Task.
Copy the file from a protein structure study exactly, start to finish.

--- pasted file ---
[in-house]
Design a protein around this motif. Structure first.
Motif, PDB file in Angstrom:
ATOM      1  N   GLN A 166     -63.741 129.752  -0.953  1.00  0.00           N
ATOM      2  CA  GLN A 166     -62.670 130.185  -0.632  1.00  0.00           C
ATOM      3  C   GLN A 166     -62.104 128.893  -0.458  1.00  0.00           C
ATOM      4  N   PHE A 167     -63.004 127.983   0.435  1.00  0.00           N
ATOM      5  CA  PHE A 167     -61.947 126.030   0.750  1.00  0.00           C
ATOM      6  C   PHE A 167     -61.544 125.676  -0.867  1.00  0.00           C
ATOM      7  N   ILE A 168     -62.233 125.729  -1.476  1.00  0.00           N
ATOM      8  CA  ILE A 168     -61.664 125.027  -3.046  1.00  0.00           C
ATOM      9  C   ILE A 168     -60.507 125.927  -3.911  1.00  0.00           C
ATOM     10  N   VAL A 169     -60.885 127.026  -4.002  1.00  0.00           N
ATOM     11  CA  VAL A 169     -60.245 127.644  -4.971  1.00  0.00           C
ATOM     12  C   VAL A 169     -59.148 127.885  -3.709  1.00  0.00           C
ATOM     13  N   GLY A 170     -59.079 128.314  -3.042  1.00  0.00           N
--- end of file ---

[in-house]
Design a protein around this motif. Structure first.
Motif, PDB file in Angstrom:
ATOM      1  N   GLN A 166     -63.741 129.752  -0.953  1.00  0.00           N
ATOM      2  CA  GLN A 166     -62.670 130.185  -0.632  1.00  0.00           C
ATOM      3  C   GLN A 166     -62.104 128.893  -0.458  1.00  0.00           C
ATOM      4  N   PHE A 167     -63.004 127.983   0.435  1.00  0.00           N
ATOM      5  CA  PHE A 167     -61.947 126.030   0.750  1.00  0.00           C
ATOM      6  C   PHE A 167     -61.544 125.676  -0.867  1.00  0.00           C
ATOM      7  N   ILE A 168     -62.233 125.729  -1.476  1.00  0.00           N
ATOM      8  CA  ILE A 168     -61.664 125.027  -3.046  1.00  0.00           C
ATOM      9  C   ILE A 168     -60.507 125.927  -3.911  1.00  0.00           C
ATOM     10  N   VAL A 169     -60.885 127.026  -4.002  1.00  0.00           N
ATOM     11  CA  VAL A 169     -60.245 127.644  -4.971  1.00  0.00           C
ATOM     12  C   VAL A 169     -59.148 127.885  -3.709  1.00  0.00           C
ATOM     13  N   GLY A 170     -59.079 128.314  -3.042  1.00  0.00           N